Diagnosis and Surgical Treatment of a Gunshot Fragment Wound of the Heart with a Threat of Coronary Artery Perforation
Each case of fragment heart damage is unique and requires careful preparation for surgical intervention. Complexity of such operations is explained by the probability of unwanted complications associated with technical measures and aimed at extracting fragments of the most diverse localization.
The aim. To demonstrate the possibilities of effective diagnosis and optimal surgical treatment of a gunshot fragment wound of the heart with the threat of coronary artery perforation.
Material and methods. The article presents a case of diagnosis and surgical treatment of a fragment heart damage with intramyocardial damage of the left ventricular wall with localization under the circumflex branch of the left coronary artery with the threat of its perforation. One day has passed since a mine blast injury. Diagnosis was based on the use of contrast enhanced computed tomography (CT) and coronary angiography.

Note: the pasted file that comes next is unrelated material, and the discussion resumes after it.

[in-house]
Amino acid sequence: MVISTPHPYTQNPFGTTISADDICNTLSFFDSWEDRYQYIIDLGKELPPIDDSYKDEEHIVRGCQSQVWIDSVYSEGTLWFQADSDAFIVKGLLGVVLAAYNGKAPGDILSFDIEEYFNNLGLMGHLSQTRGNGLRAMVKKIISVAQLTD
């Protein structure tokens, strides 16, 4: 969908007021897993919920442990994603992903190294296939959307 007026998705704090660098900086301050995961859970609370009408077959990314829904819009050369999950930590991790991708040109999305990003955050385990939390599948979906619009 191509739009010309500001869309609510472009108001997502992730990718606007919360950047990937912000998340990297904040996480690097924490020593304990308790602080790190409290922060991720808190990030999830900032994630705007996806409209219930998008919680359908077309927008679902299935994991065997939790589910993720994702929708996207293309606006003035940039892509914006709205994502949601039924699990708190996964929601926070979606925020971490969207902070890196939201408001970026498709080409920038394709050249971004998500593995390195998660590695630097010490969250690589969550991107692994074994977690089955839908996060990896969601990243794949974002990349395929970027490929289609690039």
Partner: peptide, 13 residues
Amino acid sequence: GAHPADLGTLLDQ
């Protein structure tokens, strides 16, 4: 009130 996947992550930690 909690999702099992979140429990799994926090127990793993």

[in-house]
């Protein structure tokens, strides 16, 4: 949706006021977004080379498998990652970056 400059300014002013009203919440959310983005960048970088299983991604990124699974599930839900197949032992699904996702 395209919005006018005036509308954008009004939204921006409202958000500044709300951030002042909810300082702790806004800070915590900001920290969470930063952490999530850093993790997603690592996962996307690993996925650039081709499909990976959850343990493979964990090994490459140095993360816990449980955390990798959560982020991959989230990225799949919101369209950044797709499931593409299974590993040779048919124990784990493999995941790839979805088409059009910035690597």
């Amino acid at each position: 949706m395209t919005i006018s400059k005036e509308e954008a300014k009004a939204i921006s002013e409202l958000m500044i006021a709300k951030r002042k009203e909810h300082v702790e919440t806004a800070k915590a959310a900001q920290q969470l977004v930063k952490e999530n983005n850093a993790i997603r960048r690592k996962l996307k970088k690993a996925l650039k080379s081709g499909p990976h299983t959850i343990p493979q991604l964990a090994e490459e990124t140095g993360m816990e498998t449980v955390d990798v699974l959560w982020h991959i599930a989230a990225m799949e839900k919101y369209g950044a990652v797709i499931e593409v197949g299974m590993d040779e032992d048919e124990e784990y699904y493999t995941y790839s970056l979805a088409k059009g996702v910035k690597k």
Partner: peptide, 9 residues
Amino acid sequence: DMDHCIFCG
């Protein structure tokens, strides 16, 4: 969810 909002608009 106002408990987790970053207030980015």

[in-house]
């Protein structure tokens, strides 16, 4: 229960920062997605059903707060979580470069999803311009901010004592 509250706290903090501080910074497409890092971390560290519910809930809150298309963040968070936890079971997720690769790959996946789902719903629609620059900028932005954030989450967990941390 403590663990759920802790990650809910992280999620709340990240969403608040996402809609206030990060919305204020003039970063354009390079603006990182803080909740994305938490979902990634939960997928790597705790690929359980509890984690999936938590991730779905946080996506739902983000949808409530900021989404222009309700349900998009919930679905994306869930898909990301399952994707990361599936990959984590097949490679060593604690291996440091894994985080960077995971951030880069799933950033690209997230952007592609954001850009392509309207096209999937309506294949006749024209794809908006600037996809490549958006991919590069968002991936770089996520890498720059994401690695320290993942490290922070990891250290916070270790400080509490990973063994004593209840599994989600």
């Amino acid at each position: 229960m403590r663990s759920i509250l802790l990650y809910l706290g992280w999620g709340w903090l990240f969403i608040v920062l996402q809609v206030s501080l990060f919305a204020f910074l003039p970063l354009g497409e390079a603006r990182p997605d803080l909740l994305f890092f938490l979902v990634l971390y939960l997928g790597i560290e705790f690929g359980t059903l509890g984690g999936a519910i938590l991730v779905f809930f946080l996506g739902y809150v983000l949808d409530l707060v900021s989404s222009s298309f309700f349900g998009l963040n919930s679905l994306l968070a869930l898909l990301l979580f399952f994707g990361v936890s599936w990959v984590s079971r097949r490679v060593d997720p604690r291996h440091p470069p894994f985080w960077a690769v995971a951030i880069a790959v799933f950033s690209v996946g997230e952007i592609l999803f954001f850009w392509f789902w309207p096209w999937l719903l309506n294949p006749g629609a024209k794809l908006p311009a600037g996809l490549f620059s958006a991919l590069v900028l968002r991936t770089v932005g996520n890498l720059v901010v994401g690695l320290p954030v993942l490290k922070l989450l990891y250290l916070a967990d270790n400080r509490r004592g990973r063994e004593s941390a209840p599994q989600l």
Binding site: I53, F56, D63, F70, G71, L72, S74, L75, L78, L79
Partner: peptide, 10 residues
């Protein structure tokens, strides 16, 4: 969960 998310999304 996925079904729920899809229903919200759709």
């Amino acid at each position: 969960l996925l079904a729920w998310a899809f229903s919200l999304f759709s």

Results. During the diagnostic process, the need to use a CT scan with mandatory contrast media arose, which made it possible to confirm the presence of a fragment in the immediate vicinity of the coronary artery. Coronarography provided additional information which revealed contact of the fragment with the coronary artery with the threat of its perforation. Immediate surgery with artificial blood circulation with stepwise application of magnets of increasing power allowed safe removal of the fragment, avoiding damage to the coronary artery.
Conclusions. The most accurate topical diagnosis of fragment localization in heart damage requires CT diagnosis with mandatory contrast media and, if possible, with 3D reconstruction, which allows for surgical intervention with a minimal risk of intraoperative complications. Location of the fragments near the coronary vessels may threaten their damaging during removal and requires careful manipulation to prevent injury to the heart vessels. Detection and removal of sharp fragments located near the coronary vessels require stepwise application of magnets of increasing power to bring the fragment to a safe zone with its subsequent extraction.
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